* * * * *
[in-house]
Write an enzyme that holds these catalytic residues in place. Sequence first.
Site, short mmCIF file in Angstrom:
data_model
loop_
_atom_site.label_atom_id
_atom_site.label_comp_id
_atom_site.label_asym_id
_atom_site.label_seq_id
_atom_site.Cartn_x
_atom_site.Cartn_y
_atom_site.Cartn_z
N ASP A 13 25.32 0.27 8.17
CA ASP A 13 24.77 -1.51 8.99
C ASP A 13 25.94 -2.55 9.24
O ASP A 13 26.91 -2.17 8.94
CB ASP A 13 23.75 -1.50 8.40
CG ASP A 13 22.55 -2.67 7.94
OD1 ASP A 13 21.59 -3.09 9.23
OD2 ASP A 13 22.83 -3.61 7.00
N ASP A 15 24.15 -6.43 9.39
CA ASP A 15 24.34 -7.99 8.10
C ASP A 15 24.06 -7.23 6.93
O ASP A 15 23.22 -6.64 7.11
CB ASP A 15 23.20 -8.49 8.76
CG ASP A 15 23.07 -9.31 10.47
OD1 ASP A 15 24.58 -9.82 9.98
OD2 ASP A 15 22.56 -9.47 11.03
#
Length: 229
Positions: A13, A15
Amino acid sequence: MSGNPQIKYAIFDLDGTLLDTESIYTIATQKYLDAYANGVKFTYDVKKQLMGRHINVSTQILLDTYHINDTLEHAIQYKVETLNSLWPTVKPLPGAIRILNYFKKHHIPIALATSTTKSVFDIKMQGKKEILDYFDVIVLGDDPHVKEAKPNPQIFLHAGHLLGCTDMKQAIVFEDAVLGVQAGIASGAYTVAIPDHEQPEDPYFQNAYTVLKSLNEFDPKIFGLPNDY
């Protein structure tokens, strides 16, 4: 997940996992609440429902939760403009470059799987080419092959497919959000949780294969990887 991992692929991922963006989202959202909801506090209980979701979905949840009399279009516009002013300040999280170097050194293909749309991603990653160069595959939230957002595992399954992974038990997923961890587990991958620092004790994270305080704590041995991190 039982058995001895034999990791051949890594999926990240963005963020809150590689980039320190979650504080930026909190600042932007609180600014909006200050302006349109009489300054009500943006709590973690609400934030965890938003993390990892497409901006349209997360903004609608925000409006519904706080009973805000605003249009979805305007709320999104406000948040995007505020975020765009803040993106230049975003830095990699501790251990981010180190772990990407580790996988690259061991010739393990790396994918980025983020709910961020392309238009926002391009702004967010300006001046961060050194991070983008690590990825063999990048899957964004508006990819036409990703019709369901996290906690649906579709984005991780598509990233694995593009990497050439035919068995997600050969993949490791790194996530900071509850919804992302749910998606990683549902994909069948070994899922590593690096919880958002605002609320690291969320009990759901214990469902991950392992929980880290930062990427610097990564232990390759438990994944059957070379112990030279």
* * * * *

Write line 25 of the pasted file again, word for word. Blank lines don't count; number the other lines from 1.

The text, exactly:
CB ASP A 15 23.20 -8.49 8.76